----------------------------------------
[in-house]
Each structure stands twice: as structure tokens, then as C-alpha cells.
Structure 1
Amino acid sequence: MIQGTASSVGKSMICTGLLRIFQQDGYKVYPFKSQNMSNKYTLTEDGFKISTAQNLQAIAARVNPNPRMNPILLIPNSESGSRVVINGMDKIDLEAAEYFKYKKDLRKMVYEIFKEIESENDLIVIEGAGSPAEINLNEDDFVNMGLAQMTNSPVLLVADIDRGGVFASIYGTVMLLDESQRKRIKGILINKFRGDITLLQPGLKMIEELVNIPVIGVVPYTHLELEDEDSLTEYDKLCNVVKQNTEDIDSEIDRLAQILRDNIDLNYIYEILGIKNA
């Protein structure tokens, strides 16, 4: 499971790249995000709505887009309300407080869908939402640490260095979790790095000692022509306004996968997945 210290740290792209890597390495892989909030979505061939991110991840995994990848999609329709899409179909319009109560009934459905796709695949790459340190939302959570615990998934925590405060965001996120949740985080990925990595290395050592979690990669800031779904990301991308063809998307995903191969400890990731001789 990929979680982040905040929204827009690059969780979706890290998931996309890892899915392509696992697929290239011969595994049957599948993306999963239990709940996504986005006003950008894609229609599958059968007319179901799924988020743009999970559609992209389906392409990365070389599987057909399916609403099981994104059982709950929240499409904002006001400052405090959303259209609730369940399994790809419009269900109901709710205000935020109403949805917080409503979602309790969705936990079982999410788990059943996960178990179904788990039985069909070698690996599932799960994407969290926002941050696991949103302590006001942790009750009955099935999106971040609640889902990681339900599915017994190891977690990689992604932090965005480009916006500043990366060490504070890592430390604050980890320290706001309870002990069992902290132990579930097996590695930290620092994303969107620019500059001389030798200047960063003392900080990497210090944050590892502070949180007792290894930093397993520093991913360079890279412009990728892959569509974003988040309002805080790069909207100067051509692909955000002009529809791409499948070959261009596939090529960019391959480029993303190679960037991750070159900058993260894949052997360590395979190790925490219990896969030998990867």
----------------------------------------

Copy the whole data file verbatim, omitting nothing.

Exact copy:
[in-house]
Each structure stands twice: as structure tokens, then as C-alpha cells.
Structure 1
Amino acid sequence: MIQGTASSVGKSMICTGLLRIFQQDGYKVYPFKSQNMSNKYTLTEDGFKISTAQNLQAIAARVNPNPRMNPILLIPNSESGSRVVINGMDKIDLEAAEYFKYKKDLRKMVYEIFKEIESENDLIVIEGAGSPAEINLNEDDFVNMGLAQMTNSPVLLVADIDRGGVFASIYGTVMLLDESQRKRIKGILINKFRGDITLLQPGLKMIEELVNIPVIGVVPYTHLELEDEDSLTEYDKLCNVVKQNTEDIDSEIDRLAQILRDNIDLNYIYEILGIKNA
């Protein structure tokens, strides 16, 4: 499971790249995000709505887009309300407080869908939402640490260095979790790095000692022509306004996968997945 210290740290792209890597390495892989909030979505061939991110991840995994990848999609329709899409179909319009109560009934459905796709695949790459340190939302959570615990998934925590405060965001996120949740985080990925990595290395050592979690990669800031779904990301991308063809998307995903191969400890990731001789 990929979680982040905040929204827009690059969780979706890290998931996309890892899915392509696992697929290239011969595994049957599948993306999963239990709940996504986005006003950008894609229609599958059968007319179901799924988020743009999970559609992209389906392409990365070389599987057909399916609403099981994104059982709950929240499409904002006001400052405090959303259209609730369940399994790809419009269900109901709710205000935020109403949805917080409503979602309790969705936990079982999410788990059943996960178990179904788990039985069909070698690996599932799960994407969290926002941050696991949103302590006001942790009750009955099935999106971040609640889902990681339900599915017994190891977690990689992604932090965005480009916006500043990366060490504070890592430390604050980890320290706001309870002990069992902290132990579930097996590695930290620092994303969107620019500059001389030798200047960063003392900080990497210090944050590892502070949180007792290894930093397993520093991913360079890279412009990728892959569509974003988040309002805080790069909207100067051509692909955000002009529809791409499948070959261009596939090529960019391959480029993303190679960037991750070159900058993260894949052997360590395979190790925490219990896969030998990867």